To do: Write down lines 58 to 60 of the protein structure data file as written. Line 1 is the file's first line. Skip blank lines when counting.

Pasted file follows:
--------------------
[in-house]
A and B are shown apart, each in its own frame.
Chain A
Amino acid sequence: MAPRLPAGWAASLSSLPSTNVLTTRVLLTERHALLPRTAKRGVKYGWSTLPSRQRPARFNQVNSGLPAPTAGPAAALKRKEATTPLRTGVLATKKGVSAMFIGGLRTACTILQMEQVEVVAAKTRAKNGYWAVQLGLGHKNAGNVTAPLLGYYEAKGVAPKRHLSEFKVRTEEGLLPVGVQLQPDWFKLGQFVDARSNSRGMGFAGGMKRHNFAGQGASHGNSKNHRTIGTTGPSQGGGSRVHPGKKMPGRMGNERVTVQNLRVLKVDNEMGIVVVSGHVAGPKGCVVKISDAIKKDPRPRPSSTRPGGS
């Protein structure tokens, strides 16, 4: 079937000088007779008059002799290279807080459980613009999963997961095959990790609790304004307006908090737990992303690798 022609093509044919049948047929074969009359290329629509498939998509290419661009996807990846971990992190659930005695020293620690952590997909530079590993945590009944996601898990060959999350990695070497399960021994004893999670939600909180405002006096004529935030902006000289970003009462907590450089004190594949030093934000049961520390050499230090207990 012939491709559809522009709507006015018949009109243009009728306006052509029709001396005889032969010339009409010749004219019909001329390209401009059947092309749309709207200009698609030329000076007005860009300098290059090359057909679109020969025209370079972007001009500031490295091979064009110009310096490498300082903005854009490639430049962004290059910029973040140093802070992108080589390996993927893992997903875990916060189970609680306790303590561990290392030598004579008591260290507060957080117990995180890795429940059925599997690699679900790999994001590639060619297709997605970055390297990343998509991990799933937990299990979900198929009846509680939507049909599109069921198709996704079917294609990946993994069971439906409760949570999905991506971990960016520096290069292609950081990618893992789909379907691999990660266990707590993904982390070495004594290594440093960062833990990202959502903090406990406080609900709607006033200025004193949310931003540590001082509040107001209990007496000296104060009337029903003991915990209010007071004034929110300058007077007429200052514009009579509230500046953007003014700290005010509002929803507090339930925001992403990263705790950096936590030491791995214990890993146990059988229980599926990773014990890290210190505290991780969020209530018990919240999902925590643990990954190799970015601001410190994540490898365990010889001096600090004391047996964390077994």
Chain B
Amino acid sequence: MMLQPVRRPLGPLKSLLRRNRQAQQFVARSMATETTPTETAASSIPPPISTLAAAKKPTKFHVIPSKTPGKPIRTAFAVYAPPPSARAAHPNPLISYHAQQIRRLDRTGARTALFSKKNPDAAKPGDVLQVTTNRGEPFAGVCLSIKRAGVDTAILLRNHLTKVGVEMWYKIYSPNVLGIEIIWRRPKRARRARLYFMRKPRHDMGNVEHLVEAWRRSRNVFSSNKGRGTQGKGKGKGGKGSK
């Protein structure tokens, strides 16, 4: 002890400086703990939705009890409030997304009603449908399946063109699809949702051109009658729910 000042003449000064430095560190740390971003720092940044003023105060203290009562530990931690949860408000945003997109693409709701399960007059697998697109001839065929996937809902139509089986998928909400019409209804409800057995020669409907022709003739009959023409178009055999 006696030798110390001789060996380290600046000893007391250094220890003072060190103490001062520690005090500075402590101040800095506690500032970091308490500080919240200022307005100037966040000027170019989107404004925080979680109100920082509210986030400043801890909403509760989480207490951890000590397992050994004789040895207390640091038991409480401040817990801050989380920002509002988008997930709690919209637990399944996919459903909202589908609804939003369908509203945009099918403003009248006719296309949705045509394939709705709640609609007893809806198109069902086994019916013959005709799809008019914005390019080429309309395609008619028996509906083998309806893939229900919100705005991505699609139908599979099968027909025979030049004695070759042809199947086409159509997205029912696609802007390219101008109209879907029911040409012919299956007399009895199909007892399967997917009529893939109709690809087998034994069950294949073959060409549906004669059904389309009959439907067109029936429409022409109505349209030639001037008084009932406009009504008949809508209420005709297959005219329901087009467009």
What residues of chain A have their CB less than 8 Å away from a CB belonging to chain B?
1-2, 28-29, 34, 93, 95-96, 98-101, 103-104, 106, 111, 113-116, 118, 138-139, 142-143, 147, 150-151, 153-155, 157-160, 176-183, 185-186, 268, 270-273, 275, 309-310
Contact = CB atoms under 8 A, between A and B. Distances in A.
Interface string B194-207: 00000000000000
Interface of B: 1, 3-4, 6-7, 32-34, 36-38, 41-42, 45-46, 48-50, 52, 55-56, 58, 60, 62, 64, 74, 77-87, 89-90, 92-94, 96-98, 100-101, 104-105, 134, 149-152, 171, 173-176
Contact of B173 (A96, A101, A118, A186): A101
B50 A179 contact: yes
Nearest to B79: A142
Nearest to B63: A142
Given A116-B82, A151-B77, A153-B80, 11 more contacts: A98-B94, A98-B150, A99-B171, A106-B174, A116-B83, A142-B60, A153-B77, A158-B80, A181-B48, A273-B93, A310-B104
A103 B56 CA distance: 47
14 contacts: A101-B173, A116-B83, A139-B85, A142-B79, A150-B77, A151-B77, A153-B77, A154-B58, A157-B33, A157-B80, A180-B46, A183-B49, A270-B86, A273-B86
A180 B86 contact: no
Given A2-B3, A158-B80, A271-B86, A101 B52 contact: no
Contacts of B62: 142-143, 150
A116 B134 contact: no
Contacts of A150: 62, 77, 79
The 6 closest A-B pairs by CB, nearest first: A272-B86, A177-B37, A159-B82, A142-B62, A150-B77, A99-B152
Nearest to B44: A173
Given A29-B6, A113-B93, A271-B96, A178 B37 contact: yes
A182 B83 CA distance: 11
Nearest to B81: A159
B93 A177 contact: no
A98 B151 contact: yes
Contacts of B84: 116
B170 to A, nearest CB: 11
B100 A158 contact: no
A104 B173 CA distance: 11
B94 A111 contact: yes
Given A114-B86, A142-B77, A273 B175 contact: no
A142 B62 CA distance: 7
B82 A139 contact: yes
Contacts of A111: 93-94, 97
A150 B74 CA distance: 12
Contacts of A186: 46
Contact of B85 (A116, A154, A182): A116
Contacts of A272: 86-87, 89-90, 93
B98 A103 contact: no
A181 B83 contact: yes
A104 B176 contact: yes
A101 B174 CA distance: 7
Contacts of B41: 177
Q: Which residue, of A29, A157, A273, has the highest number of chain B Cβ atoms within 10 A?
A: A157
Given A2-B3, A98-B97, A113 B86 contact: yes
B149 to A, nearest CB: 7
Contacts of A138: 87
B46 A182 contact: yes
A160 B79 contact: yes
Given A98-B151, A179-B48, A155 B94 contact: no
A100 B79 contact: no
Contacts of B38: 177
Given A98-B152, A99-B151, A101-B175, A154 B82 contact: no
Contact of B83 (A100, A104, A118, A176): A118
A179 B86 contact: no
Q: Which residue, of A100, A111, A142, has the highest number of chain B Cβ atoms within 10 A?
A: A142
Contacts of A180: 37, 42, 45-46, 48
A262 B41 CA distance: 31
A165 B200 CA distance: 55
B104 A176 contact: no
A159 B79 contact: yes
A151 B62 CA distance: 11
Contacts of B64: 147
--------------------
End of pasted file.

Given A98-B151, A179-B48, A155 B94 contact: no
A100 B79 contact: no
Contacts of B38: 177